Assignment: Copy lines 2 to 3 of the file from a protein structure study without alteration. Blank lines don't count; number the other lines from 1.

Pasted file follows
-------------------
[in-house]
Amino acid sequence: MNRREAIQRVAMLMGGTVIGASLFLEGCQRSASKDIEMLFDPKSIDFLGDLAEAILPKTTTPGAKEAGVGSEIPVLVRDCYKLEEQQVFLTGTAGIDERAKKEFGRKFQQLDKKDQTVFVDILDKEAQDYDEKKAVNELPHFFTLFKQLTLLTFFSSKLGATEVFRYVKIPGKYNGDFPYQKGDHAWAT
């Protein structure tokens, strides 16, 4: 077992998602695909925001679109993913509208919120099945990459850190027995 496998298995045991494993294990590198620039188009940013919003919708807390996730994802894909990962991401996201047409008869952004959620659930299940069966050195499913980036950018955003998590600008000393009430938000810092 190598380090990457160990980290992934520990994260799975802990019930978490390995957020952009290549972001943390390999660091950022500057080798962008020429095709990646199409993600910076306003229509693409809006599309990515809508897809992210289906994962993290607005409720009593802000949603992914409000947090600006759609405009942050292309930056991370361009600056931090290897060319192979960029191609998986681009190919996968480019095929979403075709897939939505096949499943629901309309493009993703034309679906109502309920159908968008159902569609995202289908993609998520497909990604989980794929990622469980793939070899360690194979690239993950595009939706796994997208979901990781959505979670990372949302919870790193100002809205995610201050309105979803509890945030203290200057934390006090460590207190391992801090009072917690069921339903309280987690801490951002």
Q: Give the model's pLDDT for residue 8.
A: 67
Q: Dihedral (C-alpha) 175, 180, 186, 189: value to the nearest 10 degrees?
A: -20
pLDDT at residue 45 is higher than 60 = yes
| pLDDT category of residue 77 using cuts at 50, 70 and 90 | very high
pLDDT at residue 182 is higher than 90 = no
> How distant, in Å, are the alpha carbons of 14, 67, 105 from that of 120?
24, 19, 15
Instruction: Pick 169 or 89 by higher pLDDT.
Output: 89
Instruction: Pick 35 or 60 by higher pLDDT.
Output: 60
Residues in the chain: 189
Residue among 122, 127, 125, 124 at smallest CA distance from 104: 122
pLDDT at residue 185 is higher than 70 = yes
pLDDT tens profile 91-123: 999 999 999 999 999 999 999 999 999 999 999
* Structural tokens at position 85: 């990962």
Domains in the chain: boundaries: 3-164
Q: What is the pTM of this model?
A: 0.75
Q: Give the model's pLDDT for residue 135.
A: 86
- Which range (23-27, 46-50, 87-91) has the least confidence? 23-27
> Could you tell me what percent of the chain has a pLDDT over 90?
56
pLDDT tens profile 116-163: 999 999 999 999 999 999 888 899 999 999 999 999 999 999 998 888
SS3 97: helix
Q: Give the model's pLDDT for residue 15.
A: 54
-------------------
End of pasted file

Amino acid sequence: MNRREAIQRVAMLMGGTVIGASLFLEGCQRSASKDIEMLFDPKSIDFLGDLAEAILPKTTTPGAKEAGVGSEIPVLVRDCYKLEEQQVFLTGTAGIDERAKKEFGRKFQQLDKKDQTVFVDILDKEAQDYDEKKAVNELPHFFTLFKQLTLLTFFSSKLGATEVFRYVKIPGKYNGDFPYQKGDHAWAT
């Protein structure tokens, strides 16, 4: 077992998602695909925001679109993913509208919120099945990459850190027995 496998298995045991494993294990590198620039188009940013919003919708807390996730994802894909990962991401996201047409008869952004959620659930299940069966050195499913980036950018955003998590600008000393009430938000810092 190598380090990457160990980290992934520990994260799975802990019930978490390995957020952009290549972001943390390999660091950022500057080798962008020429095709990646199409993600910076306003229509693409809006599309990515809508897809992210289906994962993290607005409720009593802000949603992914409000947090600006759609405009942050292309930056991370361009600056931090290897060319192979960029191609998986681009190919996968480019095929979403075709897939939505096949499943629901309309493009993703034309679906109502309920159908968008159902569609995202289908993609998520497909990604989980794929990622469980793939070899360690194979690239993950595009939706796994997208979901990781959505979670990372949302919870790193100002809205995610201050309105979803509890945030203290200057934390006090460590207190391992801090009072917690069921339903309280987690801490951002």